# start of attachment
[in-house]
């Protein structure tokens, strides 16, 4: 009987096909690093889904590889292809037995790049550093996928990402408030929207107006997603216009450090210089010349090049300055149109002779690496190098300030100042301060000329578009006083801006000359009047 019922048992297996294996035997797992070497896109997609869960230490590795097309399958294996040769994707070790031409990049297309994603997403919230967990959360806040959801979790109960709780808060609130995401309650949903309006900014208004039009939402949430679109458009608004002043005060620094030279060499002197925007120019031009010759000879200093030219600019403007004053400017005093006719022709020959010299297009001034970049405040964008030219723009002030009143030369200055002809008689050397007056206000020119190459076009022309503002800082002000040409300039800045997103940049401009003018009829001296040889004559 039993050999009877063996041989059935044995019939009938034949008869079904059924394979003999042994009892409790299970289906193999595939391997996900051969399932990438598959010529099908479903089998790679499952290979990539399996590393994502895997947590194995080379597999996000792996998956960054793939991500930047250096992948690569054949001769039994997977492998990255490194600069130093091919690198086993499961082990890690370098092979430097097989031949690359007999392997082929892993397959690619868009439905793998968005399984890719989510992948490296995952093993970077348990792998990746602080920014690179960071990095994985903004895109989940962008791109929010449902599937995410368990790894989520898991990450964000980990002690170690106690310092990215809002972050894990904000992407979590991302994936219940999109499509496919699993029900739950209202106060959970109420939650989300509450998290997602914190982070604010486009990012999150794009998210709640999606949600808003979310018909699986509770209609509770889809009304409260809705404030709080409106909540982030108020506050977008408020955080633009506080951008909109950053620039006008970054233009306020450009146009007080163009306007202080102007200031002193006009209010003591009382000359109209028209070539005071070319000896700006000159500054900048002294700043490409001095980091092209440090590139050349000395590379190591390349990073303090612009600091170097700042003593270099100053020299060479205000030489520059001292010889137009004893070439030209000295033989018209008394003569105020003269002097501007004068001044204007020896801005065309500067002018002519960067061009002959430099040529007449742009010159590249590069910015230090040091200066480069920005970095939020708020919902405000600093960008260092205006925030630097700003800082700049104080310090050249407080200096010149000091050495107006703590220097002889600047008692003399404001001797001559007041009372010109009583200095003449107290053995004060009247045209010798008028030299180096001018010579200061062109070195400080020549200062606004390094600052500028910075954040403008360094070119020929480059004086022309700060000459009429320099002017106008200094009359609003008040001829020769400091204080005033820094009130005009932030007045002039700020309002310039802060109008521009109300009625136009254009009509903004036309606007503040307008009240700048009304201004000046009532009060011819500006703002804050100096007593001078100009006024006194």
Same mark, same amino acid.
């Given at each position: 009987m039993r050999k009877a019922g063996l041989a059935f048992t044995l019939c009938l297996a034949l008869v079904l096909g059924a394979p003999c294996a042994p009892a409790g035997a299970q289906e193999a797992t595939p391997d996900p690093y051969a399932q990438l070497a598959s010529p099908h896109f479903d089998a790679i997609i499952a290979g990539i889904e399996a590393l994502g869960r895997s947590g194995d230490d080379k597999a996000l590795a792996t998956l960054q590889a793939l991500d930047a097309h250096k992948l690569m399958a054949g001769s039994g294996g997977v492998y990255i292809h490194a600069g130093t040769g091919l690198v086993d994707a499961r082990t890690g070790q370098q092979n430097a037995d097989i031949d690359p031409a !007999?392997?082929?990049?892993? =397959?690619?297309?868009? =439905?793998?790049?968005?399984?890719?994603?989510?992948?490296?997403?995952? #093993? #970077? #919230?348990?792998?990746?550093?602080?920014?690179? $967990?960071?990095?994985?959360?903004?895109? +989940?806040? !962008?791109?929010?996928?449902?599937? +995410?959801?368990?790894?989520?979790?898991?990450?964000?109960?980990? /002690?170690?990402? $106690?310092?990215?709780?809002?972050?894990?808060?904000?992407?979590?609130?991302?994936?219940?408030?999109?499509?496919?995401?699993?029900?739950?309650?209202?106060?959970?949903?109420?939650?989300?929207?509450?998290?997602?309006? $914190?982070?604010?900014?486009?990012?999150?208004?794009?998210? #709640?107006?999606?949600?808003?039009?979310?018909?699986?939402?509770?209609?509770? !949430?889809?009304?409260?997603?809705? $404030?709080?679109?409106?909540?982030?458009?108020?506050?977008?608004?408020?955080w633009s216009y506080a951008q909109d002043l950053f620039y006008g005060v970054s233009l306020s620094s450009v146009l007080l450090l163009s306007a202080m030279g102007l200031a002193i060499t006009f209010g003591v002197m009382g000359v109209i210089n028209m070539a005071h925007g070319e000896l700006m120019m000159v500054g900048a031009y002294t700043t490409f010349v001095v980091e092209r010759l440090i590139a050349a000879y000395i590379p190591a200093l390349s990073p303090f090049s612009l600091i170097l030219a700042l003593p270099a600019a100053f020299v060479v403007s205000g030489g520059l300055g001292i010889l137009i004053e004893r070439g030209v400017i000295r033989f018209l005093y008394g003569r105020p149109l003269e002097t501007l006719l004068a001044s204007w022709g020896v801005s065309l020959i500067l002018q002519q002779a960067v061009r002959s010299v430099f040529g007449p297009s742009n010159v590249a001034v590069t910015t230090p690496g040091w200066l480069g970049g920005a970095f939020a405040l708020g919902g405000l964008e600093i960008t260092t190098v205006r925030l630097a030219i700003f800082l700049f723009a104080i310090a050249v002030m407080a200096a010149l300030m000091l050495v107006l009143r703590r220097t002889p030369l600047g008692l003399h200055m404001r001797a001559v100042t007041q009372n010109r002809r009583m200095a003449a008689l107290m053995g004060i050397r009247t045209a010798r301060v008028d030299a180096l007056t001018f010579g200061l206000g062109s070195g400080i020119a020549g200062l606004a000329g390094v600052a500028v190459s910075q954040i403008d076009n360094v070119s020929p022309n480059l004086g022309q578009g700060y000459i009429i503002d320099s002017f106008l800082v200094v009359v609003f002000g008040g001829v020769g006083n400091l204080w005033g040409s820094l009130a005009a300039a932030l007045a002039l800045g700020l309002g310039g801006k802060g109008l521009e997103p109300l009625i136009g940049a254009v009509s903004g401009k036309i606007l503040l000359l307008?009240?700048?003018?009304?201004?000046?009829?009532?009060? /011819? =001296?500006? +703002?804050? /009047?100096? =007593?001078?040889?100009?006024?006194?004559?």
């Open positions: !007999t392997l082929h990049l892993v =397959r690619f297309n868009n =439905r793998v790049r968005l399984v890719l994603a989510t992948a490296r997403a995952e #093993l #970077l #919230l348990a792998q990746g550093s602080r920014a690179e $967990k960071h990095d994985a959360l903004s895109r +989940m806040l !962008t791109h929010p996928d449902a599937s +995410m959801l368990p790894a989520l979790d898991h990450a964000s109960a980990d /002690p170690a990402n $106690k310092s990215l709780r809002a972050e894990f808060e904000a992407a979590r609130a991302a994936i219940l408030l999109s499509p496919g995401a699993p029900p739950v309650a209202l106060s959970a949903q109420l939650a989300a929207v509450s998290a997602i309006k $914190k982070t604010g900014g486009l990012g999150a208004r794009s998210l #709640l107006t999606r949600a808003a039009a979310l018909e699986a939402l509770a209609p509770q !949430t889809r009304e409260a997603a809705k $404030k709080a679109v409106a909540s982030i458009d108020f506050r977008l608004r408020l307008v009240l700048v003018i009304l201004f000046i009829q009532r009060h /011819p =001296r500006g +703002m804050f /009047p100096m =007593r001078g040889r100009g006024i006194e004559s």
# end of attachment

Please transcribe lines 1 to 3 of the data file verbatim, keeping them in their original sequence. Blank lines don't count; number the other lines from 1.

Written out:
[in-house]
């Protein structure tokens, strides 16, 4: 009987096909690093889904590889292809037995790049550093996928990402408030929207107006997603216009450090210089010349090049300055149109002779690496190098300030100042301060000329578009006083801006000359009047 019922048992297996294996035997797992070497896109997609869960230490590795097309399958294996040769994707070790031409990049297309994603997403919230967990959360806040959801979790109960709780808060609130995401309650949903309006900014208004039009939402949430679109458009608004002043005060620094030279060499002197925007120019031009010759000879200093030219600019403007004053400017005093006719022709020959010299297009001034970049405040964008030219723009002030009143030369200055002809008689050397007056206000020119190459076009022309503002800082002000040409300039800045997103940049401009003018009829001296040889004559 039993050999009877063996041989059935044995019939009938034949008869079904059924394979003999042994009892409790299970289906193999595939391997996900051969399932990438598959010529099908479903089998790679499952290979990539399996590393994502895997947590194995080379597999996000792996998956960054793939991500930047250096992948690569054949001769039994997977492998990255490194600069130093091919690198086993499961082990890690370098092979430097097989031949690359007999392997082929892993397959690619868009439905793998968005399984890719989510992948490296995952093993970077348990792998990746602080920014690179960071990095994985903004895109989940962008791109929010449902599937995410368990790894989520898991990450964000980990002690170690106690310092990215809002972050894990904000992407979590991302994936219940999109499509496919699993029900739950209202106060959970109420939650989300509450998290997602914190982070604010486009990012999150794009998210709640999606949600808003979310018909699986509770209609509770889809009304409260809705404030709080409106909540982030108020506050977008408020955080633009506080951008909109950053620039006008970054233009306020450009146009007080163009306007202080102007200031002193006009209010003591009382000359109209028209070539005071070319000896700006000159500054900048002294700043490409001095980091092209440090590139050349000395590379190591390349990073303090612009600091170097700042003593270099100053020299060479205000030489520059001292010889137009004893070439030209000295033989018209008394003569105020003269002097501007004068001044204007020896801005065309500067002018002519960067061009002959430099040529007449742009010159590249590069910015230090040091200066480069920005970095939020708020919902405000600093960008260092205006925030630097700003800082700049104080310090050249407080200096010149000091050495107006703590220097002889600047008692003399404001001797001559007041009372010109009583200095003449107290053995004060009247045209010798008028030299180096001018010579200061062109070195400080020549200062606004390094600052500028910075954040403008360094070119020929480059004086022309700060000459009429320099002017106008200094009359609003008040001829020769400091204080005033820094009130005009932030007045002039700020309002310039802060109008521009109300009625136009254009009509903004036309606007503040307008009240700048009304201004000046009532009060011819500006703002804050100096007593001078100009006024006194």
Same mark, same amino acid.